Laura Phillippi is the site supervisor for the Lansing Historical Museum.

Laura Phillippi is the site supervisor for the Lansing Historical Museum.

1. Tell us a little about the partnership between the Lansing Historical Museum and the University of Saint Mary.
Approximately six years ago, Dr. Ken Mulliken, chairperson of the History, Political Science & Global Studies department started a service learning program with his students. The students perform 15 hours of work for the Museum.
The students learn about the operations of a small museum and in turn the students provide assistance with exhibits, collections management and events.
Dr. Mulliken and I successfully applied for a Kansas Campus Compact grant which was used to promote local history with an exhibit at the Museum and a traveling exhibit that went to Eisenhower Elementary School.
This past year the Museum and USM hosted a history hunt to go along with a citizenship exhibit that was at the De Paul Library on campus. Recently, Dr. Mulliken took a position as Director of the Honors College at Southern Oregon University. Before he left he encouraged his colleagues Drs. Kyle Anthony and Karenbeth Zacharias to continue the service learning program with the Museum which they have agreed to do. In the next few weeks Drs. Bryan Le Beau, Kyle Anthony, Karenbeth Zacharias, and I will meet to make arrangements for this new endeavor.

2. Whose idea was it to try for a grant to host "Created Equal?"
Our friends at the Kansas Humanities Council posted the Created Equal grant opportunity on their Facebook page. I thought it would be good for the community so I asked Dr. Le Beau who is the Vice-President of Academic Affairs if USM would be interested in partnering for this project. Dr. Le Beau is a historian and readily agreed to the project. I wrote the grant application with his assistance this spring and received notification this summer.

3. What does the grant include? What makes this unique?
This grant will fund a film discussion series using four powerful films to commemorate the 150th anniversary of the Emancipation Proclamation: The Abolitionists, Slavery by Another Name, Freedom Riders, and The Loving Story. The discussions will be led by the historians from USM. We would also like to have field trips to the Brown v. Board of Education National Historic Site in Topeka and the John Brown Museum State Historic Site in Osawatomie. It is an honor to get a grant from the National Endowment for the Humanities to provide programming about a topic that is still relevant today. Northeast Kansas has a unique civil rights history with Fort Leavenworth, abolitionist John Brown, and the Brown v. Board of Education case. Leavenworth County is in the Freedom's Frontier National Heritage Area and we look forward to sharing this program with the public.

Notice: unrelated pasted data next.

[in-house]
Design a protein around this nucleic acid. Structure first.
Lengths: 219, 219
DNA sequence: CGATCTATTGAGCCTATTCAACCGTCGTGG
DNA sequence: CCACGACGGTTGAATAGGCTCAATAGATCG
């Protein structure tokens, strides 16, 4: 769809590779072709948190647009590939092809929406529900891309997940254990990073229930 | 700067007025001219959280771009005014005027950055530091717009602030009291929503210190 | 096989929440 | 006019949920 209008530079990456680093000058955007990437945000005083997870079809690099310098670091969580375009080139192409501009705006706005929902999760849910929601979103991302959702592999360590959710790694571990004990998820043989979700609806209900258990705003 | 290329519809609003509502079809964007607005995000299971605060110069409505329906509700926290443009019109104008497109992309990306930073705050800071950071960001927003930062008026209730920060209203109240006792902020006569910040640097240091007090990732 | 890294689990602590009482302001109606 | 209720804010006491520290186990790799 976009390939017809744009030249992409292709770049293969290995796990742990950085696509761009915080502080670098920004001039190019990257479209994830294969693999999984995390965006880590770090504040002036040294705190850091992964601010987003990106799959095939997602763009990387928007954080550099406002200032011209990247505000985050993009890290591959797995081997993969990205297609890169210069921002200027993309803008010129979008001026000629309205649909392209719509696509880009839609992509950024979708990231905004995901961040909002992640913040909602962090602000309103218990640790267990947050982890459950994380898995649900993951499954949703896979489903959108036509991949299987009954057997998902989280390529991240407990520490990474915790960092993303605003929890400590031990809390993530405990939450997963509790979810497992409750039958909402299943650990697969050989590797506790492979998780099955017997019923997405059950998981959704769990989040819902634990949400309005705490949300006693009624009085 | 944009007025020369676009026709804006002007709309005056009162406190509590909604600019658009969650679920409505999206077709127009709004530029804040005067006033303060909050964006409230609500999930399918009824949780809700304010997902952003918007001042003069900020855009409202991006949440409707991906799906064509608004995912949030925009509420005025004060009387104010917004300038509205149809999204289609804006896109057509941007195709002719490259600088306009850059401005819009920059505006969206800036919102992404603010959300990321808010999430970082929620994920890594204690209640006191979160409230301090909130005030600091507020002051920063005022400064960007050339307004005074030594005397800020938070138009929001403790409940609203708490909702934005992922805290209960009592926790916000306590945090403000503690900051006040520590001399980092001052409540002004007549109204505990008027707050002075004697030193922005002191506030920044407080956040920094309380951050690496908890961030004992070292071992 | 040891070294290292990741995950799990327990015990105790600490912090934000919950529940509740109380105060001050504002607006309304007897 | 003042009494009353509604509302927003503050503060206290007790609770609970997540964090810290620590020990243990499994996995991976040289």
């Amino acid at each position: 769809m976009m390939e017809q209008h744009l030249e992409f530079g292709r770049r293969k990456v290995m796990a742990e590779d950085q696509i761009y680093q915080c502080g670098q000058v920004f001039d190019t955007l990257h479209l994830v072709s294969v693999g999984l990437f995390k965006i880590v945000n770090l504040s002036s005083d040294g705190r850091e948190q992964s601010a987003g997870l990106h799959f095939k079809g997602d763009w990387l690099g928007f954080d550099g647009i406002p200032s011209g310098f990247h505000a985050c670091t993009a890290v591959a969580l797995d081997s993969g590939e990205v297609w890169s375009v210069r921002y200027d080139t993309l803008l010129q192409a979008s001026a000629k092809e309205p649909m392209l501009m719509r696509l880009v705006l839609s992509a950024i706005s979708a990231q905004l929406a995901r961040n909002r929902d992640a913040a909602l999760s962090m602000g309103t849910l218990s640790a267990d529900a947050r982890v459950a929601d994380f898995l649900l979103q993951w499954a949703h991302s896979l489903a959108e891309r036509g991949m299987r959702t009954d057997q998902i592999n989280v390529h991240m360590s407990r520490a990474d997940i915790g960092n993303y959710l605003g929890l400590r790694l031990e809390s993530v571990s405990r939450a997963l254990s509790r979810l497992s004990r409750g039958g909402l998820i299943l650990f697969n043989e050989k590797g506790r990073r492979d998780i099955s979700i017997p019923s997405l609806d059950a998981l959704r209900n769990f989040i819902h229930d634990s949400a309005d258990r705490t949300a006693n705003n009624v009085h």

4. When will the series start?
The first film discussion will be in March 2014. We will be working out the details in the next few weeks.

5. What do you hope the participants will take away from this series?
I would hope the participants would have a better appreciation for what our ancestors went through to improve civil rights in the United States. Two of the films may be new history to many viewers. Slavery by Another Name tells a dark chapter of American history where African-American men were arrested for crimes such as "vagrancy" and forced to work without pay. This system was tolerated in the North and South and lasted well into the 20th century.

The Loving Story details how Richard and Mildred Loving were arrested in 1958 for violating Virginia's Racial Integrity Act. The couple had legally married in Washington D.C. however; interracial marriage was prohibited in their home state of Virginia. The couple was given a one-year suspended prison sentence and forced to move to Washington D.C. The couple sued and the case eventually made its way to the U.S. Supreme Court. The Court ruled in favor of the Lovings which struck down the anti-miscegenation laws still on the books.
I would also hope it could encourage people to exercise their right to vote. This right was fought for by many in the United States and it is still a right to be had for others around the world. Freedom is not free and should not be taken for granted.

— Tim Linn